In this sense, Open Science is perhaps better understood as an imperative than a substantive – as a rallying-cry, a call-to-arms or as a political slogan to motivate change. Policy makers and science funders, for instance, have enthusiastically adopted the term. Last year, the European Commission announced the establishment of a European Open Science Cloud. The DFG, the German Research Association, urges researchers to use open licenses for their research output. The National Science Foundation announced a plan for comprehensive open access to research results. The list can be continued. For scientific institutions, “Open Science” is the perfect umbrella term to bundle initiatives that attempt to make the results of publicly funded research more accessible by technological means. This semantic flexibility is a strength, allowing diverse groups to coalesce around shared principles like transparency, honesty, truth, sociality, collaboration, and accountability.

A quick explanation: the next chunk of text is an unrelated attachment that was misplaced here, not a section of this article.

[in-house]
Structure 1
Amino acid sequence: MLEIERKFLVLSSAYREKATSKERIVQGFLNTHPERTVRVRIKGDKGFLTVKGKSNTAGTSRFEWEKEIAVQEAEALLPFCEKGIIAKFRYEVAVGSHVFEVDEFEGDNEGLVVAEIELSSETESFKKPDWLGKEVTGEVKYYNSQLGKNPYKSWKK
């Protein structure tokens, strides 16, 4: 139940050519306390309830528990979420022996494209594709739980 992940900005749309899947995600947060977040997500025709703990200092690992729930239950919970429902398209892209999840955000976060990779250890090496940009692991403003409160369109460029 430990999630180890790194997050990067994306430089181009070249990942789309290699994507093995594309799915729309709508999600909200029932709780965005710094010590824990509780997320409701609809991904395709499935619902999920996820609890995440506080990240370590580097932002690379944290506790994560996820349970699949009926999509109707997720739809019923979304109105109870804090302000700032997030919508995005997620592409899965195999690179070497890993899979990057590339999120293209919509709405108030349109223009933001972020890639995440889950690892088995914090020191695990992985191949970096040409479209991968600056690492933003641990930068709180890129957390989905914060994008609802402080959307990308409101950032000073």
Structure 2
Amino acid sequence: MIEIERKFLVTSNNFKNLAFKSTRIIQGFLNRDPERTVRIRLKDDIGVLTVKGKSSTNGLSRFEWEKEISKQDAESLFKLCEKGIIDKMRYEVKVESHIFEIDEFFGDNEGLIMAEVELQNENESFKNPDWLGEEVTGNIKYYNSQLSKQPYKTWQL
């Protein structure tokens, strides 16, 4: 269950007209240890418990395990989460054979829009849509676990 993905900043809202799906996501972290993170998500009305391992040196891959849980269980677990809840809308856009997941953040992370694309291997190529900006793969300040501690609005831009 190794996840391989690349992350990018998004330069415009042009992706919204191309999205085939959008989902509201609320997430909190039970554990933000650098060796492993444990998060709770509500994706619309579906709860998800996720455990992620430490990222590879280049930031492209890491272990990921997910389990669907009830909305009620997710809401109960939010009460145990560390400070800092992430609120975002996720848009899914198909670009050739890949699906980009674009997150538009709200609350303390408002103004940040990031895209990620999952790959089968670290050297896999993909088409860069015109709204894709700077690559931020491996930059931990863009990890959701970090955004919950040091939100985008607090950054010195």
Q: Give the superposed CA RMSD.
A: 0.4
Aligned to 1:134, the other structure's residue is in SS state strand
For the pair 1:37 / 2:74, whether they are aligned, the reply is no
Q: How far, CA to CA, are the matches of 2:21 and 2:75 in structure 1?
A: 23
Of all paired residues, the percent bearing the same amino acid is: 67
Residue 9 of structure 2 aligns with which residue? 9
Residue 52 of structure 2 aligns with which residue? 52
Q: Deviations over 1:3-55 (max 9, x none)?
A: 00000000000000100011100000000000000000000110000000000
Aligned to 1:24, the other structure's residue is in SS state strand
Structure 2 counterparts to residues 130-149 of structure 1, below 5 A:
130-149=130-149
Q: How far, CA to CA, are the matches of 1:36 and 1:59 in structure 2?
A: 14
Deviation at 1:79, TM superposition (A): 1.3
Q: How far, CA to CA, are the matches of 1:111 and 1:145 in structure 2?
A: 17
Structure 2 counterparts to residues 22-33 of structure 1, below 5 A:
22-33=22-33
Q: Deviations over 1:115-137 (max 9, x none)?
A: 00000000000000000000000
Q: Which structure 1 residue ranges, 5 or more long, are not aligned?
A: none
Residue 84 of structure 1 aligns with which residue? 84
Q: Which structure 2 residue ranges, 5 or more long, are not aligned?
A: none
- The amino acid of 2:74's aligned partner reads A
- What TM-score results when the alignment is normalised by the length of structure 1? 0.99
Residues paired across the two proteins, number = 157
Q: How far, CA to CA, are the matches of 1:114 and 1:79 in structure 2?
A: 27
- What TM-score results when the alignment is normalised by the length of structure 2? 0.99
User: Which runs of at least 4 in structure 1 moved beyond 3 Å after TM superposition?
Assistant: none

The revolution devours its children: Open science as a business model
At the same time, the phrase is so nebulous that it can easily be co-opted. And so we see more or less closed practices and products embrace “open-washing” as a marketing strategy. According to the Budapest Declaration, Open Access means “free and unrestricted online availability”. Yet the complexities of copyright legislation mean that objects might appear available although they are not truly interoperable or re-usable as they maintain limiting restrictions on access and use. For instance, many publishers require that authors use licenses that restrict commercial re-use or do not allow derivative works.